Nonetheless, this might still be an underestimation — the authors write that they “still face limitations when measuring wealth inequality” because of the ability of the wealthy to hide assets off shore or park them in trusts and foundations.

Inequality on the rise

Although rising throughout the developing world, inequality is particularly acute in the United States. Among the nearly three dozen countries that make up the Organisation for Economic Co-operation and Development, only three (Chile, Mexico and Turkey) have worse inequality than does the U.S., measured by the gini coefficient. The standard measure of inequality, the more unequal a country the closer it is to one on the gini scale of zero (everybody has the same) to one (one person has everything).

Of course, were we to measure inequality on a global scale, the results would be more revealing. Even the U.S. gini coefficient of 0.39 in 2012 pales in comparison to the global gini coefficient of 0.52 as calculated by the Conference Board of Canada. To put it another way, global inequality is comparable to the inequality within the world’s most unequal countries, such as South Africa or Uganda.

How to reverse this? Professors Saez and Zucman offer reforms that amount to a return to Keynesianism. They advocate “progressive wealth taxation,” [page 39] such as an estate tax; access to education; and “policies shifting bargaining power away from shareholders and management toward workers.” Such policies would surely be better than the austerity that has been on offer, but the authors’ wish that this can simply be willed into existence is quite divorced from capitalist reality.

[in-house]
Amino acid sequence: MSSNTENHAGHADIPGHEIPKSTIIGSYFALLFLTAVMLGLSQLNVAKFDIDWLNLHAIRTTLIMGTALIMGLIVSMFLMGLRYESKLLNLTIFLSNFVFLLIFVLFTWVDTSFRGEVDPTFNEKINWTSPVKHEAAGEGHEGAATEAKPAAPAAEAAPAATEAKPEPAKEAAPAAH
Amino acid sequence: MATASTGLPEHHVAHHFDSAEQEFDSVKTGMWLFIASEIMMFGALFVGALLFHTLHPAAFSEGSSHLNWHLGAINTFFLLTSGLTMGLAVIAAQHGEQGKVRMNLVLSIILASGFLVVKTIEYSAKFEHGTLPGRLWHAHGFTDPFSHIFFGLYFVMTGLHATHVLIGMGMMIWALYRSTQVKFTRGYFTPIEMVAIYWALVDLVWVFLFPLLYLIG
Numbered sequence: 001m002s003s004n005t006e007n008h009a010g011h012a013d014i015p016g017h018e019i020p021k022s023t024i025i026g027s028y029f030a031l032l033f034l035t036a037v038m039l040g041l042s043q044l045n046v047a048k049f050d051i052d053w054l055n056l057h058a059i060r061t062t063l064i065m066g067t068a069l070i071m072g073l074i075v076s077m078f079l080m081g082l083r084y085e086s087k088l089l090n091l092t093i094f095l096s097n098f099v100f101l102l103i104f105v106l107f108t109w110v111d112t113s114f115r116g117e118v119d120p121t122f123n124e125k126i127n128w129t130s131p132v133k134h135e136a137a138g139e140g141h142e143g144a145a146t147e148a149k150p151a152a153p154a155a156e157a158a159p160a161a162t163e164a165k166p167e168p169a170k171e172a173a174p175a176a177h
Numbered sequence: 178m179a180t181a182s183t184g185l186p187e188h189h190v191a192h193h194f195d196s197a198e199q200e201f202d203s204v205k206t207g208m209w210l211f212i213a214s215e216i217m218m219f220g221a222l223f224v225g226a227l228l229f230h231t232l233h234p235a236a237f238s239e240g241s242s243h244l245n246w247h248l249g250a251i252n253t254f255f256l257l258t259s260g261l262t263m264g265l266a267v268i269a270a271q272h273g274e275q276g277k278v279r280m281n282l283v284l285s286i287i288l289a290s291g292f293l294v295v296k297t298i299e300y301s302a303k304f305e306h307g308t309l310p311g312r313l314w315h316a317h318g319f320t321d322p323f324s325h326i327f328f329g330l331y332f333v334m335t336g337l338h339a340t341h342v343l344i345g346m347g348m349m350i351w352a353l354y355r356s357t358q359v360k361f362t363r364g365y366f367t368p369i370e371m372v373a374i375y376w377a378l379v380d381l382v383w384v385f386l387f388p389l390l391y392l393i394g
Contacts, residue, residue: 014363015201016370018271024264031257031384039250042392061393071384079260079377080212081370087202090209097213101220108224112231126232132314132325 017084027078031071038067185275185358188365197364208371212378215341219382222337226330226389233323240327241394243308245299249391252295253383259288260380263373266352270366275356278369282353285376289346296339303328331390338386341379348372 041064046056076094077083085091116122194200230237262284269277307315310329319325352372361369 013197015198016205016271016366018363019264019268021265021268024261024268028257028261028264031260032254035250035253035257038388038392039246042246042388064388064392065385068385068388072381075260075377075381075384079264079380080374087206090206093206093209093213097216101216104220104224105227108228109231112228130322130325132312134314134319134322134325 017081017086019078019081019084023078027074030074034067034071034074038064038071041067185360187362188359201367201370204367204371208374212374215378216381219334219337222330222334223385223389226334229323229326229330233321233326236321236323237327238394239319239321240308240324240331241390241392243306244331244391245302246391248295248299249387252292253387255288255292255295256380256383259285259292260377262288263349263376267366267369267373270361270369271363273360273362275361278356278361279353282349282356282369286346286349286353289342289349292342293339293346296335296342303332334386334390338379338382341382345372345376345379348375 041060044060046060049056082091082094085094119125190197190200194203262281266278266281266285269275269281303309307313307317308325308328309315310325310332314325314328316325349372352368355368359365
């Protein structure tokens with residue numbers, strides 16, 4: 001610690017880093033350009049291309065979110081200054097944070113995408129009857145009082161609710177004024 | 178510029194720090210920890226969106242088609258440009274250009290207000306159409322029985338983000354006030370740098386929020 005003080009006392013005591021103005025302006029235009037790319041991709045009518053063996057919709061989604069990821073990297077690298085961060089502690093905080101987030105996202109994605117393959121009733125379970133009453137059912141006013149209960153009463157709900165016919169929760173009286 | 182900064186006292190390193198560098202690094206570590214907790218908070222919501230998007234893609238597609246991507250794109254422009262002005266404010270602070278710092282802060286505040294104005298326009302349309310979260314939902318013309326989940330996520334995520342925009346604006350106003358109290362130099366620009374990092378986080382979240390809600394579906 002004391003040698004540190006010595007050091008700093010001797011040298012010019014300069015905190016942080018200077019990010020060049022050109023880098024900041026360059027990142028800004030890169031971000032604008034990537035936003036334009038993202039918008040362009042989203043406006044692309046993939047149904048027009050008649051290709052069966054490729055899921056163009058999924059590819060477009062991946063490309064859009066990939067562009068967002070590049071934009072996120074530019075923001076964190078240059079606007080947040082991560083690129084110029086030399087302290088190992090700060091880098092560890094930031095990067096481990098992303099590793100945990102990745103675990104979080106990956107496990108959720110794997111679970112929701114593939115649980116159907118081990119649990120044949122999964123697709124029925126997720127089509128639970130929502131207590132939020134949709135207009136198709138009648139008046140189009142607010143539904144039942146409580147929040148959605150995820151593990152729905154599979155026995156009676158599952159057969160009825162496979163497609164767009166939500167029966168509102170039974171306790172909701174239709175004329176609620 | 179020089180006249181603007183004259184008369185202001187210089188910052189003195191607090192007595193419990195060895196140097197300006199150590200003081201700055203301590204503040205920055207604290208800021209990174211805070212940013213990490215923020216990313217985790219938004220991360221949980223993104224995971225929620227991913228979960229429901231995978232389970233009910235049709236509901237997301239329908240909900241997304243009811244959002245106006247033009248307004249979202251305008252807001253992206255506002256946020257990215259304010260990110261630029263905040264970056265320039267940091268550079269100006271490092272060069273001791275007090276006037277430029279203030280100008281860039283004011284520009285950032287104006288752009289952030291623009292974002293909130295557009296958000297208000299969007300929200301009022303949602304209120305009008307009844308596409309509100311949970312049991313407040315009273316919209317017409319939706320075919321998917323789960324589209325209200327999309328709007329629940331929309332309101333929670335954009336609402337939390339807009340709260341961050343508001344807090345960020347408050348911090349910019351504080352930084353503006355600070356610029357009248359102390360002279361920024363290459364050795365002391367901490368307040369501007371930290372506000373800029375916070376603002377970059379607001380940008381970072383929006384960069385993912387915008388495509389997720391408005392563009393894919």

Indeed, the authors go on to lament that one factor in stagnant incomes is that “many individuals … do not know how to invest optimally.” It is difficult to believe that these two learned economists are unaware of the relentless chicanery of the financial industry. How does one invest “optimally” in a rigged casino stacked against you?

The past is not the future

Fond wishes for the return of Keynesianism will not bring those days back. (And, of course, if you weren’t a white male those days weren’t necessarily golden anyway.) The Keynesian consensus of the mid-20th century was a product of a particular set of circumstances that no longer exist. Keynesianism then depended on an industrial base and market expansion. A repeat of history isn’t possible because the industrial base of the advanced capitalist countries has been hollowed out, transferred to low-wage developing countries, and there is almost no place remaining to which to expand. Moreover, capitalists who are saved by Keynesian spending programs amass enough power to later impose their preferred neoliberal policies.